One of the evolutions of the reporting system is the XBRL (eXtensible Business Reporting Language, based on XML). It will standardize the business reporting terms format, so stakeholders can access and understand the business process results more efficiently.

The basic idea for XBRL is to provide a computer readable identifying tag for each individual item of data. XBRL is create once, use repeatedly.

The history and development of XBRL

Charlie Hoffman was the father of XBRL; he created and completed the first XBRL prototype in October 1999. The financial statements of ten companies were used to further test the concept of XML-based financial statements.

In August of 1999, the AICPA established a self-funded, non-profit group called XBRL.org to oversee the implementation of the new language. In April 2000, the first specification was released for public comment and six months later the first taxonomy was issued in US.

XBRL is being developed by an international non-profit consortium of approximately 250 major companies, organisations and government agencies.

The XBRL steering committee members include financial, accounting, software and governmental communities from around the world.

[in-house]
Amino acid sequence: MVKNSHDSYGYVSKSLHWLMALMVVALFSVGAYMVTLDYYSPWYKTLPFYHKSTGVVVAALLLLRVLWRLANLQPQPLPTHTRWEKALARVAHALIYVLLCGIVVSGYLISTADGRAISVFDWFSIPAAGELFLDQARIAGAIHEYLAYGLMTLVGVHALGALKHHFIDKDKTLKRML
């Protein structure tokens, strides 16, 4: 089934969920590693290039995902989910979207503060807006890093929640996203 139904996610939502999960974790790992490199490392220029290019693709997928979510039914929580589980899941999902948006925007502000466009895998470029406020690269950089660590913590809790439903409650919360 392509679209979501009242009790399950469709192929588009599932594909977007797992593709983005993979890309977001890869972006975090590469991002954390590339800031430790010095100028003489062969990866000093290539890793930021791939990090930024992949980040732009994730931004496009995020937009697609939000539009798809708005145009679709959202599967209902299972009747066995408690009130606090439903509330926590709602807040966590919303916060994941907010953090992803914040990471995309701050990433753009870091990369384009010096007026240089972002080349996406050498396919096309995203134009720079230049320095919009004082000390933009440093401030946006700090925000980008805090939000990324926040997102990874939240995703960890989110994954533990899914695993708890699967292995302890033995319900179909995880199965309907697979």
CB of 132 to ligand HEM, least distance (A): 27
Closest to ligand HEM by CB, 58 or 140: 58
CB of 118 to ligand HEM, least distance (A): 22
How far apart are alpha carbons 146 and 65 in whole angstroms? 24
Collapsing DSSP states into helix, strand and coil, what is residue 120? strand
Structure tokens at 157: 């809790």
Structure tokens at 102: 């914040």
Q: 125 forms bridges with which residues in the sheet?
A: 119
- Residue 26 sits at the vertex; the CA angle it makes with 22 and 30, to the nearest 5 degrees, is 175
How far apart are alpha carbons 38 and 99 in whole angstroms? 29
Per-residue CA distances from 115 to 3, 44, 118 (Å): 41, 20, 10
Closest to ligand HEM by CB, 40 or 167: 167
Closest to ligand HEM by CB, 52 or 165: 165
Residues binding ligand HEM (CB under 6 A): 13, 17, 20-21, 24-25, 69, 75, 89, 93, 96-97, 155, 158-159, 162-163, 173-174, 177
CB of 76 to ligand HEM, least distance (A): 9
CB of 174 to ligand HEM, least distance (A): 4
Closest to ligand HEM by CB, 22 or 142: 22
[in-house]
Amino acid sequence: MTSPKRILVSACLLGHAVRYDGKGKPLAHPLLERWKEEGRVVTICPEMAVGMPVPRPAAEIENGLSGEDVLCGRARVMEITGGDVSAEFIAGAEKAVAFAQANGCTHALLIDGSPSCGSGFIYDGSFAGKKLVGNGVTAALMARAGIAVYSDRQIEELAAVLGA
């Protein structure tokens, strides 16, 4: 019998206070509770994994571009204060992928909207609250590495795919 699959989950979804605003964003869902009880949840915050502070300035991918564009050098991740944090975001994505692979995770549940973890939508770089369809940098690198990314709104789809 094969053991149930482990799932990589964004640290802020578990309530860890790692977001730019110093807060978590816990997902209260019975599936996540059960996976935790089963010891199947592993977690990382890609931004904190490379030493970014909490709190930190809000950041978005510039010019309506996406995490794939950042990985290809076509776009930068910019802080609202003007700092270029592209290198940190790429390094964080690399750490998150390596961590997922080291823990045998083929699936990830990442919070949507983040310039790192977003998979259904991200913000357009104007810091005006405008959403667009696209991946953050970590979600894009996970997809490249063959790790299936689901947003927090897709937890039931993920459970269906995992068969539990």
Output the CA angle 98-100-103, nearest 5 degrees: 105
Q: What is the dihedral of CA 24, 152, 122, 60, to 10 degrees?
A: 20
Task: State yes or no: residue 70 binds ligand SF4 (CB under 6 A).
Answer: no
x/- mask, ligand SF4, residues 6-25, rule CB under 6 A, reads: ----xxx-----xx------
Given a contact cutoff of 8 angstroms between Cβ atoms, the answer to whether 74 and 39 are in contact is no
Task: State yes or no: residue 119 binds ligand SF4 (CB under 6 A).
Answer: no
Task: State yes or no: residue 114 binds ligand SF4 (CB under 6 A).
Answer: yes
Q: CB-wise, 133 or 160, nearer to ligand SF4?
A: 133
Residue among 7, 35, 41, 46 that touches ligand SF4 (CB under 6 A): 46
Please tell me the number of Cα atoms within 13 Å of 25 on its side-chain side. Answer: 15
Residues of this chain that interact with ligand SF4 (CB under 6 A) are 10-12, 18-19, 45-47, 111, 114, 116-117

Member organisations include Microsoft, ACCPAC, Oracle, Deloitte & Touche, IBM, Hyperion, and the American Institute of Certified Public Accountants (AICPA). The goal of the steering committee is to create a standard specification for industry-wide use.

How XBRL works

XBRL consists of three major components: specification, instance document and taxonomies. Specifications provide the fundamental technical definition of how XBRL works.

The main, current specification for XBRL is version 2.1. An instance document is similar to the programming of a bar code reader. It contains the code for the tags and the structure that belongs to the tagged data.

Instance documents are built from a combination of XML specs and XBRL, structured to produce local accounting standard formatted financial statements. The document provides data plus structure for machine recognition and human readability.

XBRL is the new standard for business reporting. It enables automated processing of business information by computer software.

Further reading

  • Accounting, information technology, and business solutions Hollander, Denna, Cherrington Boston, Mass.: Irwin/McGraw-Hill, c2000.
  • Essentials of XBRL: financial reporting in the 21st century Bergeron, Bryan P Hoboken, N.J. : Wiley & Sons, c2003.
  • Competitive advantage: creating and sustaining superior performance Michael Porter New York : Free Press ; London : Collier Macmillan, c1985.
  • Meeting the Financial Reporting Needs of the Future: A Public Commitment. from the Public Accounting Profession New York: American Institute of Certified Public Accountants, June 1993.
  • Building public trust: the future of corporate reporting Dipiazza, Samuel A New York : John Wiley & Sons, c2002.
  • www.xbrl.org
  • www.isixsigma.com

About the author

Leong Kong Sang Kelvin MBCS is a business analyst at Mk Electric (China).